Mike Crane Agency Manager
KFB Insurance Agent Since 1975
Mike has lived in Boone County his entire life. He loves the area and the people, and he and his wife of fifty years, Beth, wouldn't live anywhere else.
Mike feels the same way about Kentucky Farm Bureau (KFB), where he's been a fixture for 43 years. Why? Because KFB has given him the opportunity to make a living doing what he really cares about: helping others.
To provide better customer service, Mike is adamant about education for his team. Their knowledge helps to provide customers with professional guidance through the insurance process.
Mike's belief in KFB dates back to his father-in-law, Joe Domaschko, who introduced him to KFB in the late 1960's. Joe Domaschko served as the Boone County Farm Bureau President for several years and literally loved KFB. He helped Mike understand working for KFB is more than a job, it's a commitment. Ask anyone who really knows Mike. KFB and the relationships he builds with his KFB customers are his top priority. When you need help, Mike will be there.
Mike's office is now located in the building that the Boone County Farm Bureau bought in 2017. It is a beautiful location next to the YMCA and just east of his old office, and we want folks to stop in, visit and maybe take a tour. The agency team, all licensed agents, has changed significantly over the past three years. Customers and prospects alike are encouraged to stop by and meet everyone.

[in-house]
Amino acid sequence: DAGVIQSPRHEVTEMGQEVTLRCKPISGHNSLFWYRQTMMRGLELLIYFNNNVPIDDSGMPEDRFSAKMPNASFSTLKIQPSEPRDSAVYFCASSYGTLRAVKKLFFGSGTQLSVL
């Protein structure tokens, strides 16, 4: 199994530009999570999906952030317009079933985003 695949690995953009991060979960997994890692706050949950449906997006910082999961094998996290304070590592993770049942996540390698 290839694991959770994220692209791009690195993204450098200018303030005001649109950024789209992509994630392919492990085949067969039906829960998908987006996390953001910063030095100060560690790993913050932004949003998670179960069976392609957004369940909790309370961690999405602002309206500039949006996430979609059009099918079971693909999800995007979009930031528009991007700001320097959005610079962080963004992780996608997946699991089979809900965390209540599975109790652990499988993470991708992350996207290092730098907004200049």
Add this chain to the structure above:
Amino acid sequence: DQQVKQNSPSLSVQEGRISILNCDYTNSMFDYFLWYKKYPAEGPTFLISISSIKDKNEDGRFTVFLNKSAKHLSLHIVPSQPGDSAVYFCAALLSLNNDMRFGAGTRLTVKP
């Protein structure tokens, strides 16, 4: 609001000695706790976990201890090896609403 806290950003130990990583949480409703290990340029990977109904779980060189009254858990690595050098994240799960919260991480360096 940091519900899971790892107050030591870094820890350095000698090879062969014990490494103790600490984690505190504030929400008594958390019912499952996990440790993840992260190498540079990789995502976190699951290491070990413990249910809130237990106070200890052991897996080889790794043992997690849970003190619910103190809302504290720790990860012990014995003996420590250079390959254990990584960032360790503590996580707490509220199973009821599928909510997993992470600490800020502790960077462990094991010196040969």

How can Mike Crane help you today?
Life's Blueprints: A KFB Insurance Blog
- 9 tips for avoiding a deer collision this fall
Each year, the native white-tailed deer species is the cause of 150 human deaths and 1.5 million vehicle collisions nationally, according to the Insurance Institute for Highway Safety.
- A parent's guide to car and booster seats
Parents and caregivers have the ability to make lifesaving differences when buckling young ones in for a trip.
- Steps for sharing the road with farm equipment
It's harvest time in the Bluegrass State! That means Kentucky drivers are pretty likely to encounter slow-moving farm equipment on the roadways.